I saw people talking about making use out of invasive plants and I have something to share here.
I recently used the "top lit open brush" method as showed in Skillcult's video to turn a pile of invasives into biochar. Here is the link, he talked about the pros and cons.
The pile was 6 ft tall, about equally wide at the bottom, mainly made of Japanese honeysuckles with some wild roses and thorny blackberries. I lit it up on the top and it only took less than 10 minutes to burn to the ground. Flaming shooting out of the center probably reached 15 ft tall with no visible smoke. I guess it was an indication that the volatile organic compounds were gassing off quickly and completly combusted.
When there was no more flame, I doused the pile with water to stop it from burning down to ash. I got 10 gallons of charred sticks this way with very little ash. now the chars are being soaked in compost tea before mixing into the compost pile.
I feel this method is particularly suited for burning large pile of small sticks and vines. Make the pile more vertical than cone shaped and burn it top down. That make a big difference of how much is converted to char rather than ash.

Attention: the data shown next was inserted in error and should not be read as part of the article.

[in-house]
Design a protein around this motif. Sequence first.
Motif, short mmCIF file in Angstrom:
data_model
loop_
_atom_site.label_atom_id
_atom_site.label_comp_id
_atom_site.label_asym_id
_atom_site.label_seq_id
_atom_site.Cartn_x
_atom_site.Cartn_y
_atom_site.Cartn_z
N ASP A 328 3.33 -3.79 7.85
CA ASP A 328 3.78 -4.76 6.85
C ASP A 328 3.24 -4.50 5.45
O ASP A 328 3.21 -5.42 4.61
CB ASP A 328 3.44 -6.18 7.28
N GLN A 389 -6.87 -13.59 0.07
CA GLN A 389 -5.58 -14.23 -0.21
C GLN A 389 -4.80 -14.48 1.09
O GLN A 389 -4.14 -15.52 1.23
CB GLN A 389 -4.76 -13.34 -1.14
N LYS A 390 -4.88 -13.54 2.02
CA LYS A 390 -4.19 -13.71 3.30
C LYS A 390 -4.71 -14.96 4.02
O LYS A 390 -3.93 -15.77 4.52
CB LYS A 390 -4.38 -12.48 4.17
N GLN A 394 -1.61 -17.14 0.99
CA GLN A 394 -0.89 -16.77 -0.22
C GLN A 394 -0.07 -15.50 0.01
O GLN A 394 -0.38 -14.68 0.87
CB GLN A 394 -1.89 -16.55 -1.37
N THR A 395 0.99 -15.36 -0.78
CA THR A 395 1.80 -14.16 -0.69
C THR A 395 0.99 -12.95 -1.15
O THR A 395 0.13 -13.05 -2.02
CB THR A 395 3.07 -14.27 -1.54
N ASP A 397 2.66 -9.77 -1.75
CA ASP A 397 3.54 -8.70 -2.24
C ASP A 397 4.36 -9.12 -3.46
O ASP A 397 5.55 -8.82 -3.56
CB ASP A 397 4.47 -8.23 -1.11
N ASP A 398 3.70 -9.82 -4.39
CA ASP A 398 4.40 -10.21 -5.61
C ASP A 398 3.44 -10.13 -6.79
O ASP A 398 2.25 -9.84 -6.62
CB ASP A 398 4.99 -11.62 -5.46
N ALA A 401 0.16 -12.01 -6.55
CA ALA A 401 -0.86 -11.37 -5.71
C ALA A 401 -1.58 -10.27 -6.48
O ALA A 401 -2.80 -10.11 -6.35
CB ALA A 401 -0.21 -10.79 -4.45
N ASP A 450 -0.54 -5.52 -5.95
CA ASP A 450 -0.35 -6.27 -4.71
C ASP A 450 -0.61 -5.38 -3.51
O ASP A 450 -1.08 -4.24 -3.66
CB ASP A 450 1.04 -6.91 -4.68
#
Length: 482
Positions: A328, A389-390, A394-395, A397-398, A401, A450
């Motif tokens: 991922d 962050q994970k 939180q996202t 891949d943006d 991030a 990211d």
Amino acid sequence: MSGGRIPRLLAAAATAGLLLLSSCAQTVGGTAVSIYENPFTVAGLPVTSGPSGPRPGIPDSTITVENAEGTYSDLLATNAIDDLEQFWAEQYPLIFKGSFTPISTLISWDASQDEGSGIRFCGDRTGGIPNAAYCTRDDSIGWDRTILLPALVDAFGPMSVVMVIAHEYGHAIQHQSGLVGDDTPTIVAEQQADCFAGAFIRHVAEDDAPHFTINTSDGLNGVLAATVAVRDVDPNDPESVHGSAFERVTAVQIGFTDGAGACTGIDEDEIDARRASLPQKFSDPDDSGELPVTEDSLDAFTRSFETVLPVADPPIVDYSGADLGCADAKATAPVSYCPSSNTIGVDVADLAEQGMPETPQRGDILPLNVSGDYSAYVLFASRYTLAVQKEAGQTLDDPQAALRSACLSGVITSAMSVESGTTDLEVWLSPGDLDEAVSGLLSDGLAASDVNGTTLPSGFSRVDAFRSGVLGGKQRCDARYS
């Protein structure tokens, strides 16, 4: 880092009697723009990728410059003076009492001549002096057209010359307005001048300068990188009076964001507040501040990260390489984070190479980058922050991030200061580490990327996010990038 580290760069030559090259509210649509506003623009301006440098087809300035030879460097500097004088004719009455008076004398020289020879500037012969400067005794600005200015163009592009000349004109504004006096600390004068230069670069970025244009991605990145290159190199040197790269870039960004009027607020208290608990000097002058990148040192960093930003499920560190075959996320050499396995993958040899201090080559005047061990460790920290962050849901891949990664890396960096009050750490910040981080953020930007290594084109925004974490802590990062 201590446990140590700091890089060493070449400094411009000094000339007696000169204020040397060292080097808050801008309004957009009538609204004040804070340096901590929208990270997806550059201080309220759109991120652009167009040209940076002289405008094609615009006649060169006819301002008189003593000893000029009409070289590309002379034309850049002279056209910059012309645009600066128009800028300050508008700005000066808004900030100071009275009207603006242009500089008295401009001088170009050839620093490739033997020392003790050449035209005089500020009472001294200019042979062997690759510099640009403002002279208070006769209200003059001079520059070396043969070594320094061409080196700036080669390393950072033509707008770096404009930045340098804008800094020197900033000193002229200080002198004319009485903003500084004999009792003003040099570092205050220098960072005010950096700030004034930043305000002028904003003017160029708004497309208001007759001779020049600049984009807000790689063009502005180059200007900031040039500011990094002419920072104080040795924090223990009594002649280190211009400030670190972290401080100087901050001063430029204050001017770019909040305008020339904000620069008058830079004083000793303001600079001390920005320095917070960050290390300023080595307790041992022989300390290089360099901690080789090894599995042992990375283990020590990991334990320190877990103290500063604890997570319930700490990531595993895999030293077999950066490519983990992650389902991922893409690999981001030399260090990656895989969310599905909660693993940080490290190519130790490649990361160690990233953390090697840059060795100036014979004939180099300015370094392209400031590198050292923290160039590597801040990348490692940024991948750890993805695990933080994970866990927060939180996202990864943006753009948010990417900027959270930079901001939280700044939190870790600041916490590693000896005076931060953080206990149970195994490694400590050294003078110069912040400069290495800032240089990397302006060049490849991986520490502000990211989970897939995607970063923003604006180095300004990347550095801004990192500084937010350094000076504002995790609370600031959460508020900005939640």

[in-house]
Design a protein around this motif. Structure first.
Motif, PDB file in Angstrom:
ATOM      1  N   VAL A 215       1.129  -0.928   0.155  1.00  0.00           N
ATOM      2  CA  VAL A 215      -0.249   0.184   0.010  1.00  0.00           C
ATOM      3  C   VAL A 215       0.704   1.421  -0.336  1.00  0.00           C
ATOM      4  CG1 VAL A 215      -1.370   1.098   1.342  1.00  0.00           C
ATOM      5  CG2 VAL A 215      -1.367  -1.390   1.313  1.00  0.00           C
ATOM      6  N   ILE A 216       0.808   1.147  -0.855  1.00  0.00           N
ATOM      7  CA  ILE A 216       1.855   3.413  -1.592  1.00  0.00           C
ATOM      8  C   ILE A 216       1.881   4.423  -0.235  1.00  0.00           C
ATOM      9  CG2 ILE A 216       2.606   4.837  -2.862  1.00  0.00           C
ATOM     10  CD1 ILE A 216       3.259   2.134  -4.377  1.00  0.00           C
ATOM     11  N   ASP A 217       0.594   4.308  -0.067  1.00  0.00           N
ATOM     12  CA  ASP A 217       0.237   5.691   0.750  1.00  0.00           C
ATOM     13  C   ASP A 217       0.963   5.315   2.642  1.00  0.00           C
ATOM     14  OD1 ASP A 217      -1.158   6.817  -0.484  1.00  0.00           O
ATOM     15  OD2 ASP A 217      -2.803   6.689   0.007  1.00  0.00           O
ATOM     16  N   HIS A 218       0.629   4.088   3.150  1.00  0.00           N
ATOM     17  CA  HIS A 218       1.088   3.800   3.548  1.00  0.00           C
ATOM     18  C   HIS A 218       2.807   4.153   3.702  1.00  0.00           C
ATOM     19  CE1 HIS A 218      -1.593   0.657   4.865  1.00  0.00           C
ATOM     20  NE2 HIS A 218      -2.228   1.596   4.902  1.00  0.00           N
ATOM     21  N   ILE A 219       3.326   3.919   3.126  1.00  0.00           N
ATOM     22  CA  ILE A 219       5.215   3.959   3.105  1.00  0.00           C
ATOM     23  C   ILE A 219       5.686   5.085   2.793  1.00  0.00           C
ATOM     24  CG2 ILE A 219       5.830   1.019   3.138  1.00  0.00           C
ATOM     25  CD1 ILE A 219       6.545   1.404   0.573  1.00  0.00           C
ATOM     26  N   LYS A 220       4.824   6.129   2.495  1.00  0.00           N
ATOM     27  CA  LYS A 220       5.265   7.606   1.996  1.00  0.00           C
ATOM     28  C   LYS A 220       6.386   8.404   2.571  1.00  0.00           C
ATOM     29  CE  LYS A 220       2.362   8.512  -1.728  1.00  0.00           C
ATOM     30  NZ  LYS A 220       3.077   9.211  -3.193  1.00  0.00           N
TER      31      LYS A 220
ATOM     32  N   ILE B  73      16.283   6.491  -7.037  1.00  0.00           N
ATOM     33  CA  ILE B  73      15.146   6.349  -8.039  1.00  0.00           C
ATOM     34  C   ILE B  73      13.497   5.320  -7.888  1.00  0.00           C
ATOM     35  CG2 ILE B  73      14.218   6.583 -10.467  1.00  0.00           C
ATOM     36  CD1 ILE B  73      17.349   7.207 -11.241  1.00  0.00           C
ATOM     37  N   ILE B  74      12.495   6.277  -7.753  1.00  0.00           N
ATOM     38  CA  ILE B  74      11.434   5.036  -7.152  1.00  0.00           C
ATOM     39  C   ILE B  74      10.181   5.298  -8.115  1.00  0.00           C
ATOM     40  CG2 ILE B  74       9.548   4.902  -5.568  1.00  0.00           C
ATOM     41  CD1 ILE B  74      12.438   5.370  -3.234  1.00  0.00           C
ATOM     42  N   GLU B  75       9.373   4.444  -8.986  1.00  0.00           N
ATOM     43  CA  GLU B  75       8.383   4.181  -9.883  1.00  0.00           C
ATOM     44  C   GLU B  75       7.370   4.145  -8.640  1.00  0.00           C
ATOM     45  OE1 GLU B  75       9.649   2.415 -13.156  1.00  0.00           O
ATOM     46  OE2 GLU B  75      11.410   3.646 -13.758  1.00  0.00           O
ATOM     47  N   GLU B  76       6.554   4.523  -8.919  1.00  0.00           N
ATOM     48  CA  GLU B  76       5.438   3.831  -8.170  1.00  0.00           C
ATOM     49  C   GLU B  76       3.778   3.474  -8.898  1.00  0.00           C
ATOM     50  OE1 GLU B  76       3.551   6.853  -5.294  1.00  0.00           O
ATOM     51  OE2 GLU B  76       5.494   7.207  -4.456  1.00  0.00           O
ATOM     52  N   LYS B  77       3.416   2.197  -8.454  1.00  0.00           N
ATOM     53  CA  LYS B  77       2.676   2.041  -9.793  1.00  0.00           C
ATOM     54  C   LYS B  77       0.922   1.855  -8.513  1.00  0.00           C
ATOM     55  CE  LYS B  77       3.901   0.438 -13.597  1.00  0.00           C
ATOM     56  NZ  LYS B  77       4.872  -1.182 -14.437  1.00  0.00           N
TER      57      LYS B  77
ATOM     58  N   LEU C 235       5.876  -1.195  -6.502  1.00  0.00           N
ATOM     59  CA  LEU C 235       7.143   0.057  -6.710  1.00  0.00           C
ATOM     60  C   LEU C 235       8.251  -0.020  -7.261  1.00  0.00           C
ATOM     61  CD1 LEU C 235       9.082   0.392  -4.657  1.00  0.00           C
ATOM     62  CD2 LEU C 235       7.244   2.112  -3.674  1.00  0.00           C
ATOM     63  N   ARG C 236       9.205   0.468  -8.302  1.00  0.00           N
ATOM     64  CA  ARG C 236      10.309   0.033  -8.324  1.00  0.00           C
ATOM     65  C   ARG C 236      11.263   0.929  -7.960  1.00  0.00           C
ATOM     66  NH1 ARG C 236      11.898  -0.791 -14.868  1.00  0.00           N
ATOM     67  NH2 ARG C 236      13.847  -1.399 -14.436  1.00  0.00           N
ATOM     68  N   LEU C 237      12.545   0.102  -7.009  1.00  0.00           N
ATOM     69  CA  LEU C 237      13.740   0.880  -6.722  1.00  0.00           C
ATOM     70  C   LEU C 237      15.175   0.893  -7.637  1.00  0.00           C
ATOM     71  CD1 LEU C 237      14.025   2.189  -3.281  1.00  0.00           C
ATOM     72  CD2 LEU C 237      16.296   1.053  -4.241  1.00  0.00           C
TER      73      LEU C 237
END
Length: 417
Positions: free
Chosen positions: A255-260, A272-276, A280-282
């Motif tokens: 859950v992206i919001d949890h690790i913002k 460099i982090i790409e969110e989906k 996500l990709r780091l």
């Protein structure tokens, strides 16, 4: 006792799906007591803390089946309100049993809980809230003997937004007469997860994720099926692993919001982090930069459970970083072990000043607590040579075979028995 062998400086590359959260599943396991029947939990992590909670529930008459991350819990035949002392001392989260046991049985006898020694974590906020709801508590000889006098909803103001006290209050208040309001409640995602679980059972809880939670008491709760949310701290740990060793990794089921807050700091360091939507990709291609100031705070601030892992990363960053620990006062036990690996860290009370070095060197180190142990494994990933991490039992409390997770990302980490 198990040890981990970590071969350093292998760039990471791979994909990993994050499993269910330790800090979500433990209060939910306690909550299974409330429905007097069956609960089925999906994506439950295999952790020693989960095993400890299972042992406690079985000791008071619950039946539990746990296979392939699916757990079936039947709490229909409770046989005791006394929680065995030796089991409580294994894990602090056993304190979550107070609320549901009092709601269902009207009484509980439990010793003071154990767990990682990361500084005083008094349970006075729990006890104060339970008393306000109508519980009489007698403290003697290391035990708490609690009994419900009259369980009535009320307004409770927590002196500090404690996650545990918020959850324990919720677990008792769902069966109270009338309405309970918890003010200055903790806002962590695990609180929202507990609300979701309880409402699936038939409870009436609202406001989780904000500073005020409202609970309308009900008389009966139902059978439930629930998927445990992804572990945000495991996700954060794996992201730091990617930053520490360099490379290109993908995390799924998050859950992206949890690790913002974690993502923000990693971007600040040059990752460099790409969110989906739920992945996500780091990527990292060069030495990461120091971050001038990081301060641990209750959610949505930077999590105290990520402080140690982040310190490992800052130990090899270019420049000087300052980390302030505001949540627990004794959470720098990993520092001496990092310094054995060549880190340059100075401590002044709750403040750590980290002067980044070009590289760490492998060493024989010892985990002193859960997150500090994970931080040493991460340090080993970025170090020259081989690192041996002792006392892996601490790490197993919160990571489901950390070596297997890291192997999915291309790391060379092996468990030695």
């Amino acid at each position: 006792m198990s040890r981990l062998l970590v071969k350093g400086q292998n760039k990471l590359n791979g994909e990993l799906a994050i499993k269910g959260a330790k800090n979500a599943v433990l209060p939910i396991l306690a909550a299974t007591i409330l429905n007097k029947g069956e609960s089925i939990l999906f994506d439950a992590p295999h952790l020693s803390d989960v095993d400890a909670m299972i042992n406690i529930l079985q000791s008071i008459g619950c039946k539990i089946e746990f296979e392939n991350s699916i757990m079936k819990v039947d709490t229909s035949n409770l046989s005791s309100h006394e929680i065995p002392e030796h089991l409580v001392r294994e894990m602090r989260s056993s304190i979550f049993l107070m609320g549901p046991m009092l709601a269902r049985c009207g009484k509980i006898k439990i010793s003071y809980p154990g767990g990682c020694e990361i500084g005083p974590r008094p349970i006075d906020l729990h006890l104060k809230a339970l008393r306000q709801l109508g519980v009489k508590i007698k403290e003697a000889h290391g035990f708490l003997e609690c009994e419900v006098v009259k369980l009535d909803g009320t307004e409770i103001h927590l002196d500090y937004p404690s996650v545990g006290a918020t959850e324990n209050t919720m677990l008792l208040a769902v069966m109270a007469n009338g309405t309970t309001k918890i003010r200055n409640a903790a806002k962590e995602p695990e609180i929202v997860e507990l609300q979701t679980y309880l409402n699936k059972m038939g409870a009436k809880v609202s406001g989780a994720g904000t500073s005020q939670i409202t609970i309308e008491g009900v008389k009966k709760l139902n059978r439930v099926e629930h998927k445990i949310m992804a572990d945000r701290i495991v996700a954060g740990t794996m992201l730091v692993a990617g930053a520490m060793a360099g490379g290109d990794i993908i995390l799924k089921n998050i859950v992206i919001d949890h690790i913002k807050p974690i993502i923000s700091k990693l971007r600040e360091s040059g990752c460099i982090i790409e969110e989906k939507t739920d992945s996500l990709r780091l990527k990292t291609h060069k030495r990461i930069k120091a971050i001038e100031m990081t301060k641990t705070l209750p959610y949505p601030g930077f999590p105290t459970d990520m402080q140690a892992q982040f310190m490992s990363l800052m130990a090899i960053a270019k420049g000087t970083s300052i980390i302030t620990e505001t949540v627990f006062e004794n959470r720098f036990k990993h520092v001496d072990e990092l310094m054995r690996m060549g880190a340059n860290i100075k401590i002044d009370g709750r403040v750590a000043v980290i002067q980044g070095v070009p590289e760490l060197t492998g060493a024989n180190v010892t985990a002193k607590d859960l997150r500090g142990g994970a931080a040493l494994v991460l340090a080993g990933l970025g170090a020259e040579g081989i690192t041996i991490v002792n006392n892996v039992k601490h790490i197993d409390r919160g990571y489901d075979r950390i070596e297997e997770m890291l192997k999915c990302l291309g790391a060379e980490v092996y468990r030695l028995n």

Thanks for reading and welcome to share your experience. Happy burning!
I wish my bamboo clumps will grow faster to provide lots of poles and young shoots.
Some invasives are useful: I enjoy the sweet aroma of Japanese honeysuckles blooms. The flowers are consider to be medicinal in TMC. Birds love the berries of bush honeysuckles and poison ivy, and rose hips. Lespedeza sericea is a legume and fix nitrogen. But they are taking the whole area over and choking the native plants.
So I need to take them under control but they are not suitable for composting. Right now for poison ivy, I just pull the vines and roots in late winter, when twigs are bare and the ground is loose. Then I cut them in segments to fit into the trash bag. Very time consuming but it works the best.
People say don't burn poison ivy because the urushiol will release in the air and cause breathers severe allergy reaction or even kill them. But looking at how a top lit brush pile is burning without smoke, I would suggest if urushiol, along with other VOCs, can be fully oxidized at the high temperature, then it is safe to burn. To do this, the poison ivy got to be dry and placed in the center of the pile. Just my hypothesis, I don't know how to find out if urushiol can still be intact and be released in the air. I am hypersensitive to poison ivy so don't want to find out by sniffing around. Any idea I can figure this out?
Making slow progress clearing the vines and planting trees. This time I tested the quality of char following the other post: https://permies.com/t/156900/BioChar-Lets I did two tests:
Washing hands with water only: yes, I can wash my hand clean without soap Water retention test: good retention of water of two times of the char weight
I didn't test seed germination rate though.
I usually soak the char in a big trash can of rainwater, throw in all kinds of "green" things for composting. Days later I built compost piles out of oak leaves and char mixture. The compost pile cooked within days and leaves decompose pretty quickly.